Re: No surprises here

        > Nothing even remotely sociopathic, a term I would keep for those who obsess about other people's dietary choices.

        So... vegans? Glad we agree.

      3. Stork

        Re: No surprises here

        This is the reason we avoid the term vegan, even if what we eat largely is.

        1. John Brown (no body) Silver badge

          Re: No surprises here

          Yeah, I'd nor thought of it like that before. If the only meat I eat is source from vegan animals, eg cows, pigs, sheep, chickens etc, that makes me a vegan too!

        2. A Nother Handle
          Joke

          Re: No surprises here

          What, you largely eat vegans?

      4. Anonymous Coward
        Anonymous Coward

        Re: No surprises here

        No they are not sociopaths but just (useful) idiots.

        That said, treat all animals well. It is 1) ethical, and 2) when taken good care of, they taste better.

  2. b0llchit Silver badge
    Facepalm

    section 58

    This section should be for those who allowed the break-in to happen, i.e. the guntrader folks. They amassed this amount of data, which itself is an illegal weapon.

    This whole episode also should highlight the absurdity from many points of view. Why are there so many firearms and why do we need to have all of this data in a vulnerable place? Oh yes, money. Owning and using guns is fine as long as the government get its cut. Damned the consequences. I guess some people should literally shoot themselves in the foot to get back to earth.

    1. Anonymous Coward
      Anonymous Coward

      Re: section 58

      Watch out you're not caught by plod with a bus timetable in your pocket. That's a clear section 58 violation.

      1. Yet Another Anonymous coward Silver badge

        Re: section 58

        That's why as a simple precaution the bus timetable bears no resemblance to the actual position of the bus.

        It has been suggested that all bus timetables are a deliberate counter-terrorist disinformation program, similar to the fake 'D-Day' army in Dover heading for Calais

        1. b0llchit Silver badge
          Childcatcher

          Re: section 58

          That finally explains why the timetable never correlates with any actual bus passing by.

          1. Yet Another Anonymous coward Silver badge

            Re: section 58

            See also Crawley and the M25

      2. Doctor Syntax Silver badge

        Re: section 58

        Sigh.

        A violation is only a violation when the court says so. Nobody would dare take possession of a timetable to court because the result would be a not guilty, harsh words from the judge, very likely including the words "contempt of court" and further action for misfeasance in public office or malicious prosecution.

        Perhaps you should also look up "de minimis".

        OTOH gathering this information by Guntrader might not be such a ridiculous case.

        1. Anonymous Coward
          Anonymous Coward

          Re: section 58

          Unless the person was the wrong colour and you needed to pin the costs of a wasted investigation on them?

          Remember the case when they broke up an Islamic terrorist cell, and found Ricin. Then later admitted that they had found microgram quantities of Ricin in a supermarket tin of kidney beans in the kitchen.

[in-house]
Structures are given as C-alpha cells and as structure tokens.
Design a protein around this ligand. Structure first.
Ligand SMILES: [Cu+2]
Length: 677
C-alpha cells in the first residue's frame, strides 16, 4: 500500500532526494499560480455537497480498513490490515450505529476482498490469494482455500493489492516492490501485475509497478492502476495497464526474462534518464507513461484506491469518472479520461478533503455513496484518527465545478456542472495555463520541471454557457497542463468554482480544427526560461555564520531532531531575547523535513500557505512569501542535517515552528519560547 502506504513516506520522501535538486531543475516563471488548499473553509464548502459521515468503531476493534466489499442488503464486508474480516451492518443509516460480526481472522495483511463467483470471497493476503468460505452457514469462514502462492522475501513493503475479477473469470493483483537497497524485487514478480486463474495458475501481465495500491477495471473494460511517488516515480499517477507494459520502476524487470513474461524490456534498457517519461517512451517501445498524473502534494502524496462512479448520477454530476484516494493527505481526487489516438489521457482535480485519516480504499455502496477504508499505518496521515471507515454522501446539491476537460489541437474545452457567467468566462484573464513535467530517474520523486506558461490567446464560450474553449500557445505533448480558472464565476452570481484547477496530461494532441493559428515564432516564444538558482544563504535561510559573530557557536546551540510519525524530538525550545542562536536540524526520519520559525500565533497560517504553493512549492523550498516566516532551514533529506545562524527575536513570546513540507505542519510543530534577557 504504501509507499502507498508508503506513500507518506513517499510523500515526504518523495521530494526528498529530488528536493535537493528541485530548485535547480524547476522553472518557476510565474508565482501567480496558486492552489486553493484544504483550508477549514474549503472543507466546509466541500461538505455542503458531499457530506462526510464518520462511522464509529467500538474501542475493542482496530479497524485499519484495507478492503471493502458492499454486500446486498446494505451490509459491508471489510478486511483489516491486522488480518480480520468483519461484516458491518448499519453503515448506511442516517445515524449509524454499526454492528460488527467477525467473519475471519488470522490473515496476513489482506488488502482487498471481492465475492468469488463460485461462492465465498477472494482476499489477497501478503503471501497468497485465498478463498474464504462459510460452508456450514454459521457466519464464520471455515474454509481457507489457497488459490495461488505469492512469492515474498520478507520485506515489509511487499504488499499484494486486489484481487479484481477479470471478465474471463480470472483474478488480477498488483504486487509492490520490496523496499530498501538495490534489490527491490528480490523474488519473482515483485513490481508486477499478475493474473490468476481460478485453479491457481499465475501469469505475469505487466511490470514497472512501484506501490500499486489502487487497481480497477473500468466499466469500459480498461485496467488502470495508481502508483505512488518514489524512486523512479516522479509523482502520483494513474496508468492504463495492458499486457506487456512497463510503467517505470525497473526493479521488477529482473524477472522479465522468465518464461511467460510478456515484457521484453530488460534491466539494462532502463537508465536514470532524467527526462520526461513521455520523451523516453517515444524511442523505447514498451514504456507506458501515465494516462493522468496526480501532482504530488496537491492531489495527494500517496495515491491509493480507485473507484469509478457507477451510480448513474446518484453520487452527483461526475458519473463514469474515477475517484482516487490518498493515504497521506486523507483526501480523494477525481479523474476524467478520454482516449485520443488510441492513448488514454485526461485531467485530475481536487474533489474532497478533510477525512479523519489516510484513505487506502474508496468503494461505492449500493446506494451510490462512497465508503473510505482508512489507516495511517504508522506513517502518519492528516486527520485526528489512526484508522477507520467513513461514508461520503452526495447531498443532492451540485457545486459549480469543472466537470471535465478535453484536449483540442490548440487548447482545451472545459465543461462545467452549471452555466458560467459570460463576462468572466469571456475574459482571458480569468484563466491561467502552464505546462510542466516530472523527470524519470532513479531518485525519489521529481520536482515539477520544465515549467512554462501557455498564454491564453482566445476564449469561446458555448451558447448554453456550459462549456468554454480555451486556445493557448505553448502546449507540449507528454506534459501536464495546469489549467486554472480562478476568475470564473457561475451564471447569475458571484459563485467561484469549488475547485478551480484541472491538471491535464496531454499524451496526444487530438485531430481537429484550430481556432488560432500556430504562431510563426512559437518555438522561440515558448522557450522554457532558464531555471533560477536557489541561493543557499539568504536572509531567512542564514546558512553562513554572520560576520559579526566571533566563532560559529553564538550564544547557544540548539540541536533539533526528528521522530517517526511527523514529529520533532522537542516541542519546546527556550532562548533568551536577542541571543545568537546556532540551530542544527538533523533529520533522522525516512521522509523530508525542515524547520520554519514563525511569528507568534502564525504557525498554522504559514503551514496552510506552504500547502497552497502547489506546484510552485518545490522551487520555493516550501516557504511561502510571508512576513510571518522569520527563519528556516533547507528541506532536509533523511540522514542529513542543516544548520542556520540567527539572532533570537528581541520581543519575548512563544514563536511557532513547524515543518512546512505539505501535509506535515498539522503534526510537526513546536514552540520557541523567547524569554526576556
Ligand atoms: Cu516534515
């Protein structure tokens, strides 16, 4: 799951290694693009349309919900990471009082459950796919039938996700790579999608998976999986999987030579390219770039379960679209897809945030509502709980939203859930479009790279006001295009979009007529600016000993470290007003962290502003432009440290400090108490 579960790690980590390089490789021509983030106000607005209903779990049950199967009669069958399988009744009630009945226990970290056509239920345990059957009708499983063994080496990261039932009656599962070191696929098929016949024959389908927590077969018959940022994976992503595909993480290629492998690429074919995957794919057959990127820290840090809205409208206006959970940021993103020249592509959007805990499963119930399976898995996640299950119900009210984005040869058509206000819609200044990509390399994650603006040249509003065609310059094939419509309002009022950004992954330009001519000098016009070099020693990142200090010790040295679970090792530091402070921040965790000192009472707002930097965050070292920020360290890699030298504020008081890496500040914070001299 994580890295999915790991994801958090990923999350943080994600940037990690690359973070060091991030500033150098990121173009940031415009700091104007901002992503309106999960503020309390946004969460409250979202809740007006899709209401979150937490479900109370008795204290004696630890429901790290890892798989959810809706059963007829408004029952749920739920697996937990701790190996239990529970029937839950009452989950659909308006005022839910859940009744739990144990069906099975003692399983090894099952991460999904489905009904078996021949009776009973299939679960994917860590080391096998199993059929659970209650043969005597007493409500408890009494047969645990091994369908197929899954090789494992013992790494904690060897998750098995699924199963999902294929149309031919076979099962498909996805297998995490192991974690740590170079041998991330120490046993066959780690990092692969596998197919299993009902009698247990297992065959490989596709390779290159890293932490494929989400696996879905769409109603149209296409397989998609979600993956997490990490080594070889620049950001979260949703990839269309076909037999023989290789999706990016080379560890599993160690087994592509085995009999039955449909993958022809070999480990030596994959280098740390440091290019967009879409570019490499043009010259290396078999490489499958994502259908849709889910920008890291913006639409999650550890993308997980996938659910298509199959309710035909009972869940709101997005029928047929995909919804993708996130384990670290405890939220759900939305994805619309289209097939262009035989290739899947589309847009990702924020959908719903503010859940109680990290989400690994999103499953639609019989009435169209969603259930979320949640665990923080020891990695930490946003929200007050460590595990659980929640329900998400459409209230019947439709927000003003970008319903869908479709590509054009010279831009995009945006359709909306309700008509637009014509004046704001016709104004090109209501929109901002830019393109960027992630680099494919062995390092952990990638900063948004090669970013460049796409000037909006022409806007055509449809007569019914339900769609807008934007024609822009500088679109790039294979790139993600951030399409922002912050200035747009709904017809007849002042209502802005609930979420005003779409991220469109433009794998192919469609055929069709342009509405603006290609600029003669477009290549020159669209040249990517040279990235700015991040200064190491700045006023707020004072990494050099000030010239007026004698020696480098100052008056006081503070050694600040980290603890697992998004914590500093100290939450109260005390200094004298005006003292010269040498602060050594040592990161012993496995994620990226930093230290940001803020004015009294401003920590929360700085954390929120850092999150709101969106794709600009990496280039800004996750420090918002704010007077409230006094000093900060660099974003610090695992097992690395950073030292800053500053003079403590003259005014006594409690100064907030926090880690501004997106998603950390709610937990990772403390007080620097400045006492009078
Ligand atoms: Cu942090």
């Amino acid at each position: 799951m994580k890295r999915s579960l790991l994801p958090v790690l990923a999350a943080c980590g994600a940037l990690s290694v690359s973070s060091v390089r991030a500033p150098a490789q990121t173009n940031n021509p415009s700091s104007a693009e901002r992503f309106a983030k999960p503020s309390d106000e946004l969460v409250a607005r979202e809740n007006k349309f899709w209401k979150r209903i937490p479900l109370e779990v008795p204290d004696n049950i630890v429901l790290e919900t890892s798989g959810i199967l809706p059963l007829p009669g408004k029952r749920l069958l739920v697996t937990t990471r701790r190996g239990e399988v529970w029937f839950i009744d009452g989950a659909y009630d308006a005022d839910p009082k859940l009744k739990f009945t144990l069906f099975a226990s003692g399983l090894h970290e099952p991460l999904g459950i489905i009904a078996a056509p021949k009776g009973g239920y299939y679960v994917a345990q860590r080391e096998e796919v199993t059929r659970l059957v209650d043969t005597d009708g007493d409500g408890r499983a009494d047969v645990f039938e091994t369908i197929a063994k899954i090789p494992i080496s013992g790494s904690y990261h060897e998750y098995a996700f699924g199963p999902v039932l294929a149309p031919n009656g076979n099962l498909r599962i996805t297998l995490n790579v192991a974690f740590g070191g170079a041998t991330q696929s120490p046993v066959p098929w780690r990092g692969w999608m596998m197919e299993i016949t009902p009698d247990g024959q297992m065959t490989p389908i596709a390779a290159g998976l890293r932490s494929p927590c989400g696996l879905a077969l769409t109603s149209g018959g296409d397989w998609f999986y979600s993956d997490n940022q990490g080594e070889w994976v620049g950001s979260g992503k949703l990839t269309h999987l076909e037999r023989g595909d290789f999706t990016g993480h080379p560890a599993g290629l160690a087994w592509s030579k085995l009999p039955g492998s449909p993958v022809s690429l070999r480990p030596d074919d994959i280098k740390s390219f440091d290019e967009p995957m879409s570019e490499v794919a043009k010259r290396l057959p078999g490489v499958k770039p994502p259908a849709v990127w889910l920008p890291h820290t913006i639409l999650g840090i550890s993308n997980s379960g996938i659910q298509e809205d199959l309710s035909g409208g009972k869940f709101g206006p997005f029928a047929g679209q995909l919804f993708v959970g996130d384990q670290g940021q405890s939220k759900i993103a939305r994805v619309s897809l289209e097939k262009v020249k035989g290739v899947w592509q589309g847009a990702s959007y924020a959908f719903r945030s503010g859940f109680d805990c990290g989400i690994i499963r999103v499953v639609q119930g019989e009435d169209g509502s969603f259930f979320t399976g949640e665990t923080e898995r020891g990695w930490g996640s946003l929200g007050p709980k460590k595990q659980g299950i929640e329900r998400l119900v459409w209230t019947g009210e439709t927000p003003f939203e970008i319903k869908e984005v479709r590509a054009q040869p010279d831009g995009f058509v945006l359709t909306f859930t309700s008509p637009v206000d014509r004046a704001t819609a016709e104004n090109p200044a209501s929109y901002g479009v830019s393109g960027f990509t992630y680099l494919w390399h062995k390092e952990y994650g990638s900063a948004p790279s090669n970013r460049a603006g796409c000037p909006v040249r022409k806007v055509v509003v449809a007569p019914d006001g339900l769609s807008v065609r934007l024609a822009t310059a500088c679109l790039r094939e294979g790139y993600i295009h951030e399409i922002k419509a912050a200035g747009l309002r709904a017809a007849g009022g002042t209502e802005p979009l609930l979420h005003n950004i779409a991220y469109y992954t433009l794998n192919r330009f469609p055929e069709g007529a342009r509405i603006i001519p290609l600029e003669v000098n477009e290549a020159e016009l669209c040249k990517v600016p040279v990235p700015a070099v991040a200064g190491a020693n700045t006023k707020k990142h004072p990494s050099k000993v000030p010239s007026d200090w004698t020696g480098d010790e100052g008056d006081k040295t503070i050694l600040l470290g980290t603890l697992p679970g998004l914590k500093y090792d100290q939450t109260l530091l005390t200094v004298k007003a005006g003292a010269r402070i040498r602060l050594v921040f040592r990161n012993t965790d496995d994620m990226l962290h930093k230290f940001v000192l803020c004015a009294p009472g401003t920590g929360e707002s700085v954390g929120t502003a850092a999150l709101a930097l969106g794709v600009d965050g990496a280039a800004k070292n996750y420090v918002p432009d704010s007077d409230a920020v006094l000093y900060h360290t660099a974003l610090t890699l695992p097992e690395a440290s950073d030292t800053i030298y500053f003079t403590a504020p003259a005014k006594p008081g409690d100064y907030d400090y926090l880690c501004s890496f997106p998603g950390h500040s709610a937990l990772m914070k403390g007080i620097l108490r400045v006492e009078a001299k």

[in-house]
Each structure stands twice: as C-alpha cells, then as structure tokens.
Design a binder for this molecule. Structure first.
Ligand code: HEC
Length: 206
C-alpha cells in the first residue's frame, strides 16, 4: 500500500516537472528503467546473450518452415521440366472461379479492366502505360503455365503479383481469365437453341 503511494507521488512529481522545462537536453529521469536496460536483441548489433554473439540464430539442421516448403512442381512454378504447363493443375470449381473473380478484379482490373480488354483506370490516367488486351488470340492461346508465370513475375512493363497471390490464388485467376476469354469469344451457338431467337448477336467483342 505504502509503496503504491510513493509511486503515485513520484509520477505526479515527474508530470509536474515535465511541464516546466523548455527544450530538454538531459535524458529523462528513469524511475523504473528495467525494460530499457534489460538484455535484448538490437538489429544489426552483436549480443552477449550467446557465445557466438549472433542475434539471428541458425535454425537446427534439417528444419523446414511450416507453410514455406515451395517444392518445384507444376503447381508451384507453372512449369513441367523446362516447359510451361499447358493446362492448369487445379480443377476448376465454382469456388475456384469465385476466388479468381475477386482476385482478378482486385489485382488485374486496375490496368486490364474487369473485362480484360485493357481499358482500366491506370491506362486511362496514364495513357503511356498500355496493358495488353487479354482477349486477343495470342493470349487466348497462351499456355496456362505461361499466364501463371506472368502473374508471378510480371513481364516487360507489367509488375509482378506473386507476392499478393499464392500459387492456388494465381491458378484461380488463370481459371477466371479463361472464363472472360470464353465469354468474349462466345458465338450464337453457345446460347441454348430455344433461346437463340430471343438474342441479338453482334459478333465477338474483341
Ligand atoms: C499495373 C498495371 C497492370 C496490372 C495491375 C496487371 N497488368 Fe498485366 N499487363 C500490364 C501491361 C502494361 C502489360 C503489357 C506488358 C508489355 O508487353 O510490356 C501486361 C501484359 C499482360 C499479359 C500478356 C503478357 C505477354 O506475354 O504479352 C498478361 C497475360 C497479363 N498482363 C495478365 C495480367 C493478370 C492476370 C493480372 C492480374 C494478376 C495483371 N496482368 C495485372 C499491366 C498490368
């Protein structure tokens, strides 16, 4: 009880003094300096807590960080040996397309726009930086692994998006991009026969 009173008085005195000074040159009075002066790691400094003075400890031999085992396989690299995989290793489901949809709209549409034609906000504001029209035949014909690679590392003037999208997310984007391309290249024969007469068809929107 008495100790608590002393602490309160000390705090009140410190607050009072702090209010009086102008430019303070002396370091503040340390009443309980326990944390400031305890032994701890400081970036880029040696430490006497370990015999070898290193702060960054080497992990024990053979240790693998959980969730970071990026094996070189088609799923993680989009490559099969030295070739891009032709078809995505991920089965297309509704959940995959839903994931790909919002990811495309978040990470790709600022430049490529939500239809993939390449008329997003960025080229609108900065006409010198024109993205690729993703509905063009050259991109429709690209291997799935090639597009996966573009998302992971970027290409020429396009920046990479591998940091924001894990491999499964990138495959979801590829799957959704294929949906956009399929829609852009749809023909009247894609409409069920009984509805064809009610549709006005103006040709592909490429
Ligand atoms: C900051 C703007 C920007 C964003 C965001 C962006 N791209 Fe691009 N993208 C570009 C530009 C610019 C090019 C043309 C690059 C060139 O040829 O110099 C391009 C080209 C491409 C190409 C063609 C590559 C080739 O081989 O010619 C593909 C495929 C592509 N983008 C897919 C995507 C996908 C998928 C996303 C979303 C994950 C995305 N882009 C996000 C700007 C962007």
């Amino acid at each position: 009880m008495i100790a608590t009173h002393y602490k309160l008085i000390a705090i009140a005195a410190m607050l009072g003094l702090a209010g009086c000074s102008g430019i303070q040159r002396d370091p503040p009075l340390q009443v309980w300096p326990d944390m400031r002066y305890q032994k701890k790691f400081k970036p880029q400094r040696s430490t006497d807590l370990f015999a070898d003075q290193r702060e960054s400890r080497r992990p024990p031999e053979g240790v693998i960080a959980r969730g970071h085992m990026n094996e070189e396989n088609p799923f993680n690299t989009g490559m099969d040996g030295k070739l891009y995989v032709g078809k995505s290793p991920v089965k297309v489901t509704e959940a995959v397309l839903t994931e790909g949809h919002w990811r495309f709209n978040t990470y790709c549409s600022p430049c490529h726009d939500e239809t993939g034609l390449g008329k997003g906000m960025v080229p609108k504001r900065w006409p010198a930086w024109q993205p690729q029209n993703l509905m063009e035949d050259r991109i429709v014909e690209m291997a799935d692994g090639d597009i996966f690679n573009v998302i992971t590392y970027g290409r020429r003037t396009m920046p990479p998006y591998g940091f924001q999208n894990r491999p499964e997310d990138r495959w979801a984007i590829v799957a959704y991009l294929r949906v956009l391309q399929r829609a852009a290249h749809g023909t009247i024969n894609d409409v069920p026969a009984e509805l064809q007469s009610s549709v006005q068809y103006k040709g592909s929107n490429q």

Or you shoot the wrong brown person on the tube and then have to leak details of their expired student visa to show it was justified

          1. A random security guy Bronze badge

            Re: section 58

            In the US they get medals and notches on their badges.

        2. katrinab Silver badge
          Paris Hilton

          Re: section 58

          You think plod wouldn't attempt to try it anyway?

          How cute. How naïve.

    2. Adelio Silver badge

      Re: section 58

      There are very few firearms in the UK especially when you compare it to the USA and other counteries

      "The U.S. has just 4% of the world’s population but owns about 40% of civilian-owned guns globally,"

      approx 120 firearms per 100 people (not a thousand but a hundred) When you compare that to the UK we own a tiny insignificant number of firearms.

      1. bombastic bob Silver badge
        Pirate

        Re: section 58

        and if the criminals see that your house has a firearm in it they have basically 2 scenarios:

        * you won't be home if they want to actually steal your firearm

        * you WILL be home and will use your firearm(s) on THE CRIMINAL (I would)

        It might be interesting to view crime stats later to see if criminals avoid the "firearm house" in favor of the one nearby with all of the lights off and an expensive entertainment system inside...

        1. werdsmith Silver badge

          Re: section 58

          You describe the escalation of crime that firearms cause.

          If you need to rob a guy who might have a gun, then you need to kill him first before he can use his gun on you.

          1. Timmy B

            Re: section 58

            "You describe the escalation of crime that firearms cause."

            No - this is the escalation of crime that CRIMINALS cause.... It simply wouldn't happen without criminals. But get rid of all the guns and escalation of crime will still happen.

            1. codejunky Silver badge

              Re: section 58

              @Timmy B

              "But get rid of all the guns and escalation of crime will still happen."

              Thats why its always a group and/or knife/weapon. The difference with a gun is its a great equaliser. Almost anyone can fire one and its not about body strength in the fight.

              1. Anonymous Coward
                Anonymous Coward

                Re: section 58